"I think people are often quite unaware of their inner selves, their other selves, their imaginative selves, the selves that aren’t on show in the world. It’s something you grow out of from childhood onwards, losing possession of yourself, really. I think literature is one of the best ways back into that. You are hypnotized as soon as you get into a book that particularly works for you, whether it’s fiction or a poem. You find that your defenses drop, and as soon as that happens, an imaginative reality can take over because you are no longer censoring your own perceptions, your own awareness of the world."

Jeanette Winterson, The Art of Fiction No. 150 (via bookmania)

Crossing the Dead Sea, Jordan to Israel, July 2013

Crossing the Dead Sea, Jordan to Israel, July 2013

Ramallah, West Bank

Ramallah, West Bank


By Lorenzo Durán, starting with sketching out little illustrations and lying them over the washed, dried leaves, the artist begins to intricately cut out the images by hand until these delicate cut illustrations are made. 

(via therhumboogie)



Little tubes of flavored ice in plastic casings are a fond memory of my past. You see I was a very willful child. I would do whatever I want, when I pleased. I’d like to think that there’s a fine line between being a spoiled little brat and just knowing what you want. Roadside es lilin is…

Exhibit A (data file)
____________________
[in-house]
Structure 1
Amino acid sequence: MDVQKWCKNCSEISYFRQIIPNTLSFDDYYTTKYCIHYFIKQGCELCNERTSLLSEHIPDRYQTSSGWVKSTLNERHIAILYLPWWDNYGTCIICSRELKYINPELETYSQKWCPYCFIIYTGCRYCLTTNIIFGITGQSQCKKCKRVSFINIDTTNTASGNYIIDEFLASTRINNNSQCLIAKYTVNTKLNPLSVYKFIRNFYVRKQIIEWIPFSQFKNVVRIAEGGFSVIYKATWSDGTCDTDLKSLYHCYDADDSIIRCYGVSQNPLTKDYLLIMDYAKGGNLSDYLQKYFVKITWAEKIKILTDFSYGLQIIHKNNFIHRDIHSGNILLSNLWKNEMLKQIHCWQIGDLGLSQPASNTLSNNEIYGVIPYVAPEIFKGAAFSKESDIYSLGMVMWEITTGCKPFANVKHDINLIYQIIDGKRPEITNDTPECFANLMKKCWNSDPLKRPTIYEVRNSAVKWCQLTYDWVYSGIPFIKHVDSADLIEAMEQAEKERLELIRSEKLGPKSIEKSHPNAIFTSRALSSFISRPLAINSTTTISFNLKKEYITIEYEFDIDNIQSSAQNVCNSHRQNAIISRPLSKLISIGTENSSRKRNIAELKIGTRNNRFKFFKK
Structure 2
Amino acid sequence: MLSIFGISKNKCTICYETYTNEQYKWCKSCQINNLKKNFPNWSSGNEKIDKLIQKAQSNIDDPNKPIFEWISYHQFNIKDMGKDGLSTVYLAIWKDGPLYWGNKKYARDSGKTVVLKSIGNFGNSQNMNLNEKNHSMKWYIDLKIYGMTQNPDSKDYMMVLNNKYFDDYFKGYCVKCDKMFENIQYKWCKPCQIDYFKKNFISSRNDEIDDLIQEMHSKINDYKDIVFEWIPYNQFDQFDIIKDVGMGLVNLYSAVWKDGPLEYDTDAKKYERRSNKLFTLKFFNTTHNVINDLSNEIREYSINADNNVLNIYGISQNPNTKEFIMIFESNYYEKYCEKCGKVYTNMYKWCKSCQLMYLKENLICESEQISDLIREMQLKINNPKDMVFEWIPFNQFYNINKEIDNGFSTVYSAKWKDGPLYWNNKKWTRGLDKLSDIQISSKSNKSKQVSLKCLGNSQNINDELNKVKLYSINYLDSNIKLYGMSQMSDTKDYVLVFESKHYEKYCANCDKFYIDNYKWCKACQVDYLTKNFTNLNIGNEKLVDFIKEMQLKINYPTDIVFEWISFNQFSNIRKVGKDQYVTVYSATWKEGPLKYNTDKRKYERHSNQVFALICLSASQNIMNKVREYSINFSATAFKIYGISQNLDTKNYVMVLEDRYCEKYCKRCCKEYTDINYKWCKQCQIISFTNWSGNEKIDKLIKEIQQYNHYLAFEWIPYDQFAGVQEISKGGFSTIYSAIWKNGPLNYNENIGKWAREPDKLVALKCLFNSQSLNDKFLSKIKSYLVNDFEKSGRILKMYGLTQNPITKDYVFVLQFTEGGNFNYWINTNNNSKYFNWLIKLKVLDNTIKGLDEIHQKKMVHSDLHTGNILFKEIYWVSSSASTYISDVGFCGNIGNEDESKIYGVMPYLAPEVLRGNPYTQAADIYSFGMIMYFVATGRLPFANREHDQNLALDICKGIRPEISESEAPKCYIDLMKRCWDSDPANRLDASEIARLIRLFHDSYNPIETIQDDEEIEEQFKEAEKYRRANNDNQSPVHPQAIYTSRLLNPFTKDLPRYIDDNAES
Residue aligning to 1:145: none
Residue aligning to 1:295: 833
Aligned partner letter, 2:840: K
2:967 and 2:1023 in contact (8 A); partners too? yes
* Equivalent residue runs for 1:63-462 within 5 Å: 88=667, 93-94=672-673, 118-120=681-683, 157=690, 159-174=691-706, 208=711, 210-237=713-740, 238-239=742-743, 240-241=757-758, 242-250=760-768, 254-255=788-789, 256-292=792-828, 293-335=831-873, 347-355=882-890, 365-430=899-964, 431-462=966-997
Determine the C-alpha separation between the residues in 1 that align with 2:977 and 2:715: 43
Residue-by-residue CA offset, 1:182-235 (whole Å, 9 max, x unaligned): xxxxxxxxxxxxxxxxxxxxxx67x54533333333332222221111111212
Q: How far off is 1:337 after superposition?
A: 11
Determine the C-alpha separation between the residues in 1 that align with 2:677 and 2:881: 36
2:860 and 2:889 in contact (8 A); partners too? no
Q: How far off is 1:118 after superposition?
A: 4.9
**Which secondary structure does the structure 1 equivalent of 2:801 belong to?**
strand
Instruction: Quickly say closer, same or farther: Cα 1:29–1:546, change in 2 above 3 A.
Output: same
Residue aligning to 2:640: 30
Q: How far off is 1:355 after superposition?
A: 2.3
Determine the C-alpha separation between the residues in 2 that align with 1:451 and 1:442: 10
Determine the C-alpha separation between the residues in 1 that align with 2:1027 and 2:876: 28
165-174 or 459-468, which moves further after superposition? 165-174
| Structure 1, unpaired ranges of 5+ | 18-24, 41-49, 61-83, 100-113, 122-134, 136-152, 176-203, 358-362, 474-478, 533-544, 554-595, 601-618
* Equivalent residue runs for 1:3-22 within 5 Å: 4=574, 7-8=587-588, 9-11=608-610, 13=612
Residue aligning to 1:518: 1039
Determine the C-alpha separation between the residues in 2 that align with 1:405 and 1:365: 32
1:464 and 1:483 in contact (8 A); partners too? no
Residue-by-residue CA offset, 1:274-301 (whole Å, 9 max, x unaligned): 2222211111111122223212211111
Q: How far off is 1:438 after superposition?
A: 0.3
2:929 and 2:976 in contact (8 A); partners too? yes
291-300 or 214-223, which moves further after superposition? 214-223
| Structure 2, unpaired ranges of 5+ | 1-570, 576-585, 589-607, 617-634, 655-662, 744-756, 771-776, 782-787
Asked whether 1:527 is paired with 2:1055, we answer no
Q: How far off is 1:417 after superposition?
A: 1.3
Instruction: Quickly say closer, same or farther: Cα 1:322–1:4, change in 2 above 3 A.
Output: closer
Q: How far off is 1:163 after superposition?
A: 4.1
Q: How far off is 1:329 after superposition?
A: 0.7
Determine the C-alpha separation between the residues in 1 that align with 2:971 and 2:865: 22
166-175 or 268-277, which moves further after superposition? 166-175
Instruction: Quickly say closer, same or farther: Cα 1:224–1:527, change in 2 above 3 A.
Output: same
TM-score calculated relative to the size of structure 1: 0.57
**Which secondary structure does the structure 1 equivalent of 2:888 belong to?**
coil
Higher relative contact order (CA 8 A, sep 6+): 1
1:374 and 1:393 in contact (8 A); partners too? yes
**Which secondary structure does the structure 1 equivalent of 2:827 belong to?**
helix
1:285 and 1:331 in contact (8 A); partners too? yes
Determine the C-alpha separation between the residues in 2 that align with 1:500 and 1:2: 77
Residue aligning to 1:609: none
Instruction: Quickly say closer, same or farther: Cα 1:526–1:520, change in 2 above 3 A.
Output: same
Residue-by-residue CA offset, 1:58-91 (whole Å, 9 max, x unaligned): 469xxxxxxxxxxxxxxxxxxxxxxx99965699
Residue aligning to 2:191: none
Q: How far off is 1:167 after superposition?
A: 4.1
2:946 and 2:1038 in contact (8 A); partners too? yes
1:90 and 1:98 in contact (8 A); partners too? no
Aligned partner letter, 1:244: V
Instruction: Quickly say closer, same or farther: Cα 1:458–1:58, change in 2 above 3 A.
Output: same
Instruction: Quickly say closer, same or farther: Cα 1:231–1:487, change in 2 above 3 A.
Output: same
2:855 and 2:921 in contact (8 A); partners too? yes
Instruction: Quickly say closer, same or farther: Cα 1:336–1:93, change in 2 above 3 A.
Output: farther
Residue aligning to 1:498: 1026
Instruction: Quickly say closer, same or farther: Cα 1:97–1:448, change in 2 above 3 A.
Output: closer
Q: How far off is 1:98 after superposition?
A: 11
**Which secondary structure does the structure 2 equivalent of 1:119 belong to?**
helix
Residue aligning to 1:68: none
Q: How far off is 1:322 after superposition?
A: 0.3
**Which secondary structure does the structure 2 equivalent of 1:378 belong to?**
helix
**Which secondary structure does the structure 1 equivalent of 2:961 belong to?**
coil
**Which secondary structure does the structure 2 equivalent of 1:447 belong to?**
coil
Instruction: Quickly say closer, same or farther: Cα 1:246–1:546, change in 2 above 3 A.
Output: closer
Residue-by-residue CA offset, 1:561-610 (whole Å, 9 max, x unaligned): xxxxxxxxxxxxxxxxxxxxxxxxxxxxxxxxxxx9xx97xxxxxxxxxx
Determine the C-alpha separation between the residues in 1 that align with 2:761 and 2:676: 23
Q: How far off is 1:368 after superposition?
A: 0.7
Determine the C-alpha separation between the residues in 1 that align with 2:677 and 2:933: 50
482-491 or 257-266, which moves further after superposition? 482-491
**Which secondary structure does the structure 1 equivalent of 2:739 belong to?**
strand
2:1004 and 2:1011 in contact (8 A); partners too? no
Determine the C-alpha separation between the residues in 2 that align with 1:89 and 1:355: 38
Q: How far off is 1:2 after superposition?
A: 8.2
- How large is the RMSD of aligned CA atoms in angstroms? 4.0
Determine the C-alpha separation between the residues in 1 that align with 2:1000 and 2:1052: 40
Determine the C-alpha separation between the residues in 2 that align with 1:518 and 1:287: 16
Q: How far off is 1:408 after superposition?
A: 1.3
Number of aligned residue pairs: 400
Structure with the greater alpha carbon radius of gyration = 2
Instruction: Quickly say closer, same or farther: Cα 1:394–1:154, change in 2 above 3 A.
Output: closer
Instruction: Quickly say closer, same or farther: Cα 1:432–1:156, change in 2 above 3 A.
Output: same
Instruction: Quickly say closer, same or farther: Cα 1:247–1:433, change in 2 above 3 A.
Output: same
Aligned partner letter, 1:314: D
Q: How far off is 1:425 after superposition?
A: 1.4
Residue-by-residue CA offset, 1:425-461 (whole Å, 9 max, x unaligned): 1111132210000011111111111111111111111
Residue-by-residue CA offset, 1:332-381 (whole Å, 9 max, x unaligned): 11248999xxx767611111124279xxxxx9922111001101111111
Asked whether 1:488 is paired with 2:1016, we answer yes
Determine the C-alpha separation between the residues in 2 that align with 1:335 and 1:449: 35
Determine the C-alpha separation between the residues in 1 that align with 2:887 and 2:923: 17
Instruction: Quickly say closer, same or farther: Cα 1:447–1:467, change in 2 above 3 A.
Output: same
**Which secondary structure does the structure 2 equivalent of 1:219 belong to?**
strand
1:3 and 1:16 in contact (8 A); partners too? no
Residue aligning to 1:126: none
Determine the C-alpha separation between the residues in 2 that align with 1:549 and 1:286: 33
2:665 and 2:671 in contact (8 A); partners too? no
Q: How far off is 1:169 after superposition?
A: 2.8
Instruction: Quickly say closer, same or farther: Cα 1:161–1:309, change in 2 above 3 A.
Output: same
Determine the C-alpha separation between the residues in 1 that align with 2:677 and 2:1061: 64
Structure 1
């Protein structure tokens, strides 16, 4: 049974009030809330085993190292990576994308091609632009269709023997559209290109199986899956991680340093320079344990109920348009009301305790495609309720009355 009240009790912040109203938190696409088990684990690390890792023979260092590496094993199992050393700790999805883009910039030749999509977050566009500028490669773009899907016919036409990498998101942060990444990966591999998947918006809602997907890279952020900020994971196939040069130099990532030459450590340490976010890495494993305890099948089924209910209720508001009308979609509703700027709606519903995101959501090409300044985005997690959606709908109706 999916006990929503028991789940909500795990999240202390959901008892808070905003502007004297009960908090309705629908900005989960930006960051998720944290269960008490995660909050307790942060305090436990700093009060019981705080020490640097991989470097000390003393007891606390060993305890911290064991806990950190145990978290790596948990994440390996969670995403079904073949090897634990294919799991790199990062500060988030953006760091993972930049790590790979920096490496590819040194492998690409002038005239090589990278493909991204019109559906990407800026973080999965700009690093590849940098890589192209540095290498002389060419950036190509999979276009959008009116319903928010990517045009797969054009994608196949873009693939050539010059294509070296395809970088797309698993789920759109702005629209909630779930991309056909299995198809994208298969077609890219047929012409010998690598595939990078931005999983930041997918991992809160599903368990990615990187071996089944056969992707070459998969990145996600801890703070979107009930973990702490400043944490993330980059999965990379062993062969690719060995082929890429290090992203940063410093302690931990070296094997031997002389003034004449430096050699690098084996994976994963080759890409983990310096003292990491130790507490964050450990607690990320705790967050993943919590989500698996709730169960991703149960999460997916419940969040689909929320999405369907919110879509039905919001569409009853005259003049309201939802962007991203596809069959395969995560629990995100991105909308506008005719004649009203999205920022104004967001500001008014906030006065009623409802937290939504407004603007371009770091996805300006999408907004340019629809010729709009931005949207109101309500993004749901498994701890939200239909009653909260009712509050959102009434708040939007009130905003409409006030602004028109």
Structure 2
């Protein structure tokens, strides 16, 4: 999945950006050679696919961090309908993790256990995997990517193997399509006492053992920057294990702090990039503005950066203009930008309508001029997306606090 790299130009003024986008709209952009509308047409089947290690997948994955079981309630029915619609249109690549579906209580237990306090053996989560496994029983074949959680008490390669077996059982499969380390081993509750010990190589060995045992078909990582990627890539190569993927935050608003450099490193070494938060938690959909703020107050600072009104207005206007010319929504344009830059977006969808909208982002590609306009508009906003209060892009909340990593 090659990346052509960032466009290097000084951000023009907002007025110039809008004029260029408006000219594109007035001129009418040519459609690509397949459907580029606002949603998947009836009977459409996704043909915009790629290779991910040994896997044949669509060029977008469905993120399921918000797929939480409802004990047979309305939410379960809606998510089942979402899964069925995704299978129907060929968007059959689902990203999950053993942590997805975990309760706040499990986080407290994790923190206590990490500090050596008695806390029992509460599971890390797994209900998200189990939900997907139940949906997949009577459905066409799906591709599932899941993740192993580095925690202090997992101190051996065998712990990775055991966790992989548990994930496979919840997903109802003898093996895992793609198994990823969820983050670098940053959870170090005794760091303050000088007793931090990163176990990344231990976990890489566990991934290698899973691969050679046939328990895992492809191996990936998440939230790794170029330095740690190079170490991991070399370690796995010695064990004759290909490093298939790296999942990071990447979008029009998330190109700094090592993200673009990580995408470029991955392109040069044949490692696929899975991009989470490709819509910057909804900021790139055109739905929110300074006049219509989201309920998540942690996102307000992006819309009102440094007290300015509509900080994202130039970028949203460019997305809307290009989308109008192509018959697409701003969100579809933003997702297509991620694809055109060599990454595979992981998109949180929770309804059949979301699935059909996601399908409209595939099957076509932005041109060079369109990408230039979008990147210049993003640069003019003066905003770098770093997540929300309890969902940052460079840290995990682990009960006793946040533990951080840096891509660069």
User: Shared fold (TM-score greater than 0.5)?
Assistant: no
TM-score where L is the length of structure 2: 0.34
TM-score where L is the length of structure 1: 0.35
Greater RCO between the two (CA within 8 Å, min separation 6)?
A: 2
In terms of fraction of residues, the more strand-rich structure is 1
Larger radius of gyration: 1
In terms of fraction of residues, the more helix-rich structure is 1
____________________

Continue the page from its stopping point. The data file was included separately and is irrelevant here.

"Perhaps most of all, though, you deserve to be okay. You deserve to know that a day in which you can just barely get out of bed because you are sad, or sick, or simply not ready to see the outside is not the end of the world. You deserve to know that moments of weakness do not make you fundamentally weak, only fundamentally human, and that sometimes we’re not going to be effusively happy, and that is okay."

— Chelsea Fagan, What You Deserve (via jeremyclarksons)

(via travelthirst)

"I confess I do not believe in time. I like to fold my magic carpet, after use, in such a way as to superimpose one part of the pattern upon another. Let visitors trip. And the highest enjoyment of timelessness-in a landscape selected at random-is when I stand among rare butterflies and their food plants. This is ecstasy, and behind the ecstasy is something else, which is hard to explain. It is like a momentary vacuum into which rushes all that I love. A sense of oneness with sun and stone. A thrill of gratitude to whom it may concern-to the contrapuntal genius of human fate or to tender ghosts humoring a lucky mortal."

Vladimir NabokovSpeak, Memory (via bookmania)


What’s for dinner?

OldCity NewWave necklace - March 2013